Chapter 77: Cancer of Unknown Primary Site


Cancer of unknown primary site (CUPS) is defined as follows: biopsy-proven malignancy; primary site unapparent after history, physical examination, chest x-ray, abdominal and pelvic CT, complete blood count, chemistry survey, mammography (women), β-human chorionic gonadotropin (hCG) levels (men), α-fetoprotein (AFP) levels (men), and prostate-specific antigen (PSA) levels (men); and histologic evaluation not consistent with a primary tumor at the biopsy site. About 90% of CUPS tumors are adenocarcinomas (60% well or moderately–well differentiated; 30% poorly differentiated), 5% squamous cell, 2% neuroendocrine, and 3% undifferentiated malignancy. CUPS incidence is declining, probably because of better pathology diagnostic criteria; it accounts for about 3% of all cancers today, down from 10–15% 15 years ago. Most pts are age >60. The tumors are often aneuploid. Cell lines derived from such tumors frequently have abnormalities in chromosome 1.


Pts may present with fatigue, weight loss, pain, bleeding, abdominal swelling, subcutaneous masses, and lymphadenopathy. Once metastatic malignancy is confirmed, diagnostic efforts should be confined to evaluating the presence of potentially curable tumors, such as lymphoma, Hodgkin’s disease, germ cell tumor, ovarian cancer, head and neck cancer, and primitive neuroectodermal tumor, or tumors for which therapy may be of significant palliative value such as breast cancer or prostate cancer. In general, efforts to evaluate the presence of these tumor types depend more on the pathologist than on expensive clinical diagnostic testing. Localizing symptoms, a history of carcinogen exposure, or a history of fulguration of skin lesion may direct some clinical testing; however, the careful light microscopic, ultrastructural, immunologic, karyotypic, and molecular biologic examination of adequate volumes of tumor tissue is the most important feature of the diagnostic workup in the absence of suspicious findings on history and physical examination. Immunohistochemical stains can be useful (Table 77-1).

TABLE 77-1: Select Immunohistochemical Stains Useful in the Diagnosis of CUPS
BreastER, GCDFP-15, mammaglobin, Her-2/neu, GATA3
Ovarian/mullerianER, WT1 gene, CK7, PAX8, PAX2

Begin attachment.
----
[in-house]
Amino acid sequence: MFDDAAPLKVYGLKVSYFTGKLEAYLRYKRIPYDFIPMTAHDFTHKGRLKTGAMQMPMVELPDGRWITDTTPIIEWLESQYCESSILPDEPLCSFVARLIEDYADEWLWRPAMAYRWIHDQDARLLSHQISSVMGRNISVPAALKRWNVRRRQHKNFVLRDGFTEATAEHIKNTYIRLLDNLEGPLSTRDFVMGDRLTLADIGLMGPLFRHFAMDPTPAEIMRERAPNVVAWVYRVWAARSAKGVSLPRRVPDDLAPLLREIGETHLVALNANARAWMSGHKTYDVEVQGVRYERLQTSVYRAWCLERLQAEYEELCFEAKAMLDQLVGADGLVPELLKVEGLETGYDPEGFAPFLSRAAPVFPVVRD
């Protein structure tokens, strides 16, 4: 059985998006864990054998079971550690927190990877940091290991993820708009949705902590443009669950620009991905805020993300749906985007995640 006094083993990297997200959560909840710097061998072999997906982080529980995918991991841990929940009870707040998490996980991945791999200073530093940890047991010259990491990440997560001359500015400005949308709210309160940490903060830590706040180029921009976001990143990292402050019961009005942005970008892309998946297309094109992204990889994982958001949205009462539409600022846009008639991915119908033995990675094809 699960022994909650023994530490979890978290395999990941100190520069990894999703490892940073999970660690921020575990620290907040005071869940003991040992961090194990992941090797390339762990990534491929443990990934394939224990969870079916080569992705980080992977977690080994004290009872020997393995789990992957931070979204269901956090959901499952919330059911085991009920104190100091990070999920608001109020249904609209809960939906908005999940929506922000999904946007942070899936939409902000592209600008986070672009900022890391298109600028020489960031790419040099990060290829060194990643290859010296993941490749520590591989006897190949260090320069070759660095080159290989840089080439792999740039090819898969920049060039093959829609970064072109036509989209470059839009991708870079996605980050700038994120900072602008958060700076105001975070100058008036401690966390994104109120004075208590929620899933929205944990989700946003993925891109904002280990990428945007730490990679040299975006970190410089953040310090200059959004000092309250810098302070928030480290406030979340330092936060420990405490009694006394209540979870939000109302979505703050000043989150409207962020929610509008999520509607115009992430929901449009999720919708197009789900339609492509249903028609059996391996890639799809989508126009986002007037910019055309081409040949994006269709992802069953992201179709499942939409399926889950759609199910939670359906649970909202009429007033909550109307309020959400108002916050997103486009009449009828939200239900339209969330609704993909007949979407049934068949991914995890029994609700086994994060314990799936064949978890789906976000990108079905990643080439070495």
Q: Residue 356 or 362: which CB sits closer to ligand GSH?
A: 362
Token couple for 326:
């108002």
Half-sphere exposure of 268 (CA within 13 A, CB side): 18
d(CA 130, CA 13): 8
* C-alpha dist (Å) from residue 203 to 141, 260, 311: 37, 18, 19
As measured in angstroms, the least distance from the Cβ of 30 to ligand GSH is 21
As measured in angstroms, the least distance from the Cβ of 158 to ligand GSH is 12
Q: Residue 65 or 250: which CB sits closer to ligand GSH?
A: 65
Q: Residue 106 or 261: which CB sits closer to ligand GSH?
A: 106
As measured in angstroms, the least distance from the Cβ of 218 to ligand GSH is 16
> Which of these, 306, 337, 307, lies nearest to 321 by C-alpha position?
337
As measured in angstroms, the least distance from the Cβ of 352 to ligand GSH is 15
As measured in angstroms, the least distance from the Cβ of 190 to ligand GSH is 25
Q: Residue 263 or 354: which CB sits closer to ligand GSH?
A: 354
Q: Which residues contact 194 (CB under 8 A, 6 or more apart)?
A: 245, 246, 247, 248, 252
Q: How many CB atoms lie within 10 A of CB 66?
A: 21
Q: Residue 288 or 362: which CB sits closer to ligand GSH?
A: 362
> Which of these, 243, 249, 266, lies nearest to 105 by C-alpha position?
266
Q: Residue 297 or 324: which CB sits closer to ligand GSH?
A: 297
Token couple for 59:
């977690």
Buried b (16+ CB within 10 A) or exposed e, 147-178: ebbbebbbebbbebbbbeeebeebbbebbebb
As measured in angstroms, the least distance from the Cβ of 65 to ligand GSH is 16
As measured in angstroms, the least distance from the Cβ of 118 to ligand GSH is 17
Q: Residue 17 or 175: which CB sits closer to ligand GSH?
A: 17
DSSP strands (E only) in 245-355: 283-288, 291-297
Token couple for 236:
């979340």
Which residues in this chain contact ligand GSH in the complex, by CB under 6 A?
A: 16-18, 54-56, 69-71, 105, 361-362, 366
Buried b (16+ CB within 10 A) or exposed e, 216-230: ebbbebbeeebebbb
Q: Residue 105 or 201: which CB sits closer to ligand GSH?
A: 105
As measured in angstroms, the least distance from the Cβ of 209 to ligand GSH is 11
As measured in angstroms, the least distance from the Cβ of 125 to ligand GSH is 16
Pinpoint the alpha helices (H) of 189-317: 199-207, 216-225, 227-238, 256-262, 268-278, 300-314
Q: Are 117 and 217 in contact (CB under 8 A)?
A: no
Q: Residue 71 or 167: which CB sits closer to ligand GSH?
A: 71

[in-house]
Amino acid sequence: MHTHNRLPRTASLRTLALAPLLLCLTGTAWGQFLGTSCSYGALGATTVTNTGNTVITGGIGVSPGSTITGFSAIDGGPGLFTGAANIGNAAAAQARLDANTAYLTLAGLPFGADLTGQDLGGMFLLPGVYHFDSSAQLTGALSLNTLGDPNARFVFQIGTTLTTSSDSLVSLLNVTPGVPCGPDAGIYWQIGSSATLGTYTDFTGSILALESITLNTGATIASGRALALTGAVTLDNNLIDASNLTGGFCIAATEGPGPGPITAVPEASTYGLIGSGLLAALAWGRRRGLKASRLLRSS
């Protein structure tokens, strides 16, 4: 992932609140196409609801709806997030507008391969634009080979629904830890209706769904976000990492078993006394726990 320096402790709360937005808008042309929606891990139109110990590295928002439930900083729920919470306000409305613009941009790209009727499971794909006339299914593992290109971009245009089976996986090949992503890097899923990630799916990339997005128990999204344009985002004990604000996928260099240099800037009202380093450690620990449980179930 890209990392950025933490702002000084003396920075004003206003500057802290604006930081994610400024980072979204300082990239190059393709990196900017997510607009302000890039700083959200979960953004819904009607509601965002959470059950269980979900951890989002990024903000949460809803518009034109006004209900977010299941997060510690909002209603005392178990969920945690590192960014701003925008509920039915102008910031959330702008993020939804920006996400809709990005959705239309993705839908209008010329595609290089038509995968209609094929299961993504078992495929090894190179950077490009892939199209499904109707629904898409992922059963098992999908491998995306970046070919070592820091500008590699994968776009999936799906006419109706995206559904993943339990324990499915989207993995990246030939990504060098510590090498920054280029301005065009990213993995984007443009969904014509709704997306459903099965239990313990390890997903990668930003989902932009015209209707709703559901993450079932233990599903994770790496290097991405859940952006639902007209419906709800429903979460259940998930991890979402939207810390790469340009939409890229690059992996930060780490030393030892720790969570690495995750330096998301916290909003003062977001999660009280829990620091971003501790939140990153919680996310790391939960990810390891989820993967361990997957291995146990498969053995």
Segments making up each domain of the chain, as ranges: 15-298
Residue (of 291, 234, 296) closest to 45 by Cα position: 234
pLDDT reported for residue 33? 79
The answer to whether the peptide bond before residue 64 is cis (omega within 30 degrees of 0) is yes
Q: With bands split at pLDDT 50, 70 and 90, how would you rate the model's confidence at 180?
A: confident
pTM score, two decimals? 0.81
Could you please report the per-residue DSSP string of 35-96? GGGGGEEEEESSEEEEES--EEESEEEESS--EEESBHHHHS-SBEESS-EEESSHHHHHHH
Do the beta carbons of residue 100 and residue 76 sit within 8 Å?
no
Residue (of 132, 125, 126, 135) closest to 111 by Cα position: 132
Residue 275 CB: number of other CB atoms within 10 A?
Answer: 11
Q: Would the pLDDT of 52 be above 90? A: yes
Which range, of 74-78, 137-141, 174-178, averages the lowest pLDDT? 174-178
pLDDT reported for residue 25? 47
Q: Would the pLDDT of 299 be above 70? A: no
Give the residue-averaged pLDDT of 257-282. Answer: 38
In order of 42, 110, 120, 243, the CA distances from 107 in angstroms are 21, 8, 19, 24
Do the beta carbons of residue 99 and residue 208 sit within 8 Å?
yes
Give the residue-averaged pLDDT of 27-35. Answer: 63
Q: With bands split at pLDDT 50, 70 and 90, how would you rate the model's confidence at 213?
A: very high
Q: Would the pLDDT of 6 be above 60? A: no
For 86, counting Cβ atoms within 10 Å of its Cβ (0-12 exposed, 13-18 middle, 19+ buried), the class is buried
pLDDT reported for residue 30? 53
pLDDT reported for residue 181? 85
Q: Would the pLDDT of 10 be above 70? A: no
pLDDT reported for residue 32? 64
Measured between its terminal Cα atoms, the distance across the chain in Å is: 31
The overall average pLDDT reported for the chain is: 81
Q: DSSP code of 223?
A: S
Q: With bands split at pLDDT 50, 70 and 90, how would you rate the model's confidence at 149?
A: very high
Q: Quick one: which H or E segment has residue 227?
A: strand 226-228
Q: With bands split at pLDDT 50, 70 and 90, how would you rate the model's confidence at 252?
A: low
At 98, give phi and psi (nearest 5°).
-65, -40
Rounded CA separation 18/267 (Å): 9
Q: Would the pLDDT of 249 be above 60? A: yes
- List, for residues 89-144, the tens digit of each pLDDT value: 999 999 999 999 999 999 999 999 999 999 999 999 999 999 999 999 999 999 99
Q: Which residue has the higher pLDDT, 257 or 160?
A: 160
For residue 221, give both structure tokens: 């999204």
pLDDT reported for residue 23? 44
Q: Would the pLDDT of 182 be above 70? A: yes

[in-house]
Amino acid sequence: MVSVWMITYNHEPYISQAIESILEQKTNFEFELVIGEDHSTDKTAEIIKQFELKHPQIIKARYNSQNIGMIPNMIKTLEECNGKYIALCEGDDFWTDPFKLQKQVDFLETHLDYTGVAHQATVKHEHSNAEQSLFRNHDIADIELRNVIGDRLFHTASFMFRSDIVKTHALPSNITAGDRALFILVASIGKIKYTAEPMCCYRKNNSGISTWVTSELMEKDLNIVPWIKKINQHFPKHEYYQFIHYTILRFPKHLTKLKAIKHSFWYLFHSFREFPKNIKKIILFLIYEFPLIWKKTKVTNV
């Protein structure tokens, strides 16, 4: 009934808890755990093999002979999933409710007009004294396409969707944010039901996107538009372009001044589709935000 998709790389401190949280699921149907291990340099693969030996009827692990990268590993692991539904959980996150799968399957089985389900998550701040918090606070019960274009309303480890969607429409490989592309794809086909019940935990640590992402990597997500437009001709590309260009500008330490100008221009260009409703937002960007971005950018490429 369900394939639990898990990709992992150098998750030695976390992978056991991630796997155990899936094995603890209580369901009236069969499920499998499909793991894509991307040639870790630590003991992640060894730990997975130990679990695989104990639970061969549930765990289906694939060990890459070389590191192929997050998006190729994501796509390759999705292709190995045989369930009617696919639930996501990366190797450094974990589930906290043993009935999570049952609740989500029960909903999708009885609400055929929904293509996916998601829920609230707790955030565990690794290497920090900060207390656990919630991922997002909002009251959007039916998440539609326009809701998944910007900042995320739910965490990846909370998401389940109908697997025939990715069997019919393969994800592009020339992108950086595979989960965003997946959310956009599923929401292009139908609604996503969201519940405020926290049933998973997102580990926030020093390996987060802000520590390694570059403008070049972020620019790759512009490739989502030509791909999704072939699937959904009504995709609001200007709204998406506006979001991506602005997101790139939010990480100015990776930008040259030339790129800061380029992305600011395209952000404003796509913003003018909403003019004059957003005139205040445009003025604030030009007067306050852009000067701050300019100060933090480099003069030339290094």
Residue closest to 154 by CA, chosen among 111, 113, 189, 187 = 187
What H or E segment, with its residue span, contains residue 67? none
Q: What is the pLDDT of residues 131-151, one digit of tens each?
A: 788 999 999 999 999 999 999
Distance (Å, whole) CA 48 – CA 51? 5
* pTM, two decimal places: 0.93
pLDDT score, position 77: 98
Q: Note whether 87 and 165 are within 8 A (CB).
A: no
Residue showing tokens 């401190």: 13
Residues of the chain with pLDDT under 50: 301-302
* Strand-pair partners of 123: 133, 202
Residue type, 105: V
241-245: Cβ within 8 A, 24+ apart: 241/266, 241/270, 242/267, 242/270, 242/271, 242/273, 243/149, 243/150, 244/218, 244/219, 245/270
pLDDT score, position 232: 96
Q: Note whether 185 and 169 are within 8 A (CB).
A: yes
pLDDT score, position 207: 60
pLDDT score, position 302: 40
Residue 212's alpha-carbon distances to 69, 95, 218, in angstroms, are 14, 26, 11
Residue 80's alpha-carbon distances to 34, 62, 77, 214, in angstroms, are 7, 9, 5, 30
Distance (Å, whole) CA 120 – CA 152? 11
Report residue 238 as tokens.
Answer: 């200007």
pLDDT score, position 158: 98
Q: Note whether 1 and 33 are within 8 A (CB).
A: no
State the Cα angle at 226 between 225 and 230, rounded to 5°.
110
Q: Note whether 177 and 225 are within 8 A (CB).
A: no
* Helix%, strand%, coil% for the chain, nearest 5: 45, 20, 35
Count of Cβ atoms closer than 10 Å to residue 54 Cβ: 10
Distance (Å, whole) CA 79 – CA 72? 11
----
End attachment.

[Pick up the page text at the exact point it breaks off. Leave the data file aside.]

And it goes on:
Lung adenocarcinomaTTF-1; nuclear staining, napsin A, SP-A1
Germ cellβ-HCG, AFP, OCT3/4, CKIT, CD30 (embryonal), SALL4
ProstatePSA, α-methylacyl CoA racemase/P504S (AMACR/P504S), P501S (prostein), and PSMA, NKX3-1
IntestinalCK7, CK20, CDX-2, CEA
NeuroendocrineChromogranin, synaptophysin, CD56
SarcomaDesmin (desmoid tumors), factor VIII (angiosarcomas), CD31, smooth muscle actin (leiomyosarcoma), MyoD1 (rhabdomyosarcoma)
RenalRCC, CD10, PAX8, CD10
Hepatocellular carcinomaHep Par-1, Arg-1, glypican-3
MelanomaS100, SOX-10, vimentin, HMB-45, tyrosinase and melan-A
UrothelialCK7, CK20, thrombomodulin, uroplakin III
MesotheliomaCalretinin, WT1, D2-40, mesothelin
LymphomaLCA, CD3, CD4, CD5, CD20, CD45
SCCp63, p40 (lung SCC), CK5/6
aPatterns emerging from coexpression of stains are better than individual stains to suggest putative primary site. Even with optimization, no IHC panel is 100% sensitive or specific (e.g., ovarian mucinous carcinoma can exhibit positivity with intestinal markers).
Abbreviations: AFP, α fetoprotein; Arg-1, arginase-1; β-hCG, β-human chorionic gonadotropin; CEA, carcinoembryonic antigen; CUPS, cancer of unknown primary site; ER, estrogen receptor; GCDFP-15, gross cystic disease fibrous protein-15; IHC, immunohistochemistry; LCA, leukocyte common antigen; PSA, prostate-specific antigen; PSMA, prostate-specific membrane antigen; SCC, squamous cell carcinoma; SP-A1, surfactant protein A precursor; TTF, thyroid transcription factor; WT, Wilms’ tumor.

Expression of cytokeratin subtypes may narrow the range of possible diagnoses (Fig. 77-1).

Approach to cytokeratin (CK7 and CK20) markers used in CUPS.


An approach to assessing unknown primary cancers with adenocarcinoma histology is shown in Fig. 77-2.

Algorithm for adenocarcinoma CUPS assessment. C, chemotherapy; CT, computed tomography; CUPS, cancer of unknown primary site; PET, positron emission tomography; RT, radiation therapy.


Pts with squamous cell carcinoma have a median survival of 9 months; those with adenocarcinoma or unclassifiable tumors have a median survival of 4–6 months. Pts in whom a primary site is identified usually have a better prognosis. Limited sites of involvement and neuroendocrine histology are favorable prognostic factors. Pts without a primary diagnosis should be treated palliatively with radiation therapy to symptomatic lesions. All-purpose chemotherapy regimens rarely produce responses but always produce toxicity. Certain clinical features may permit individualized therapy.

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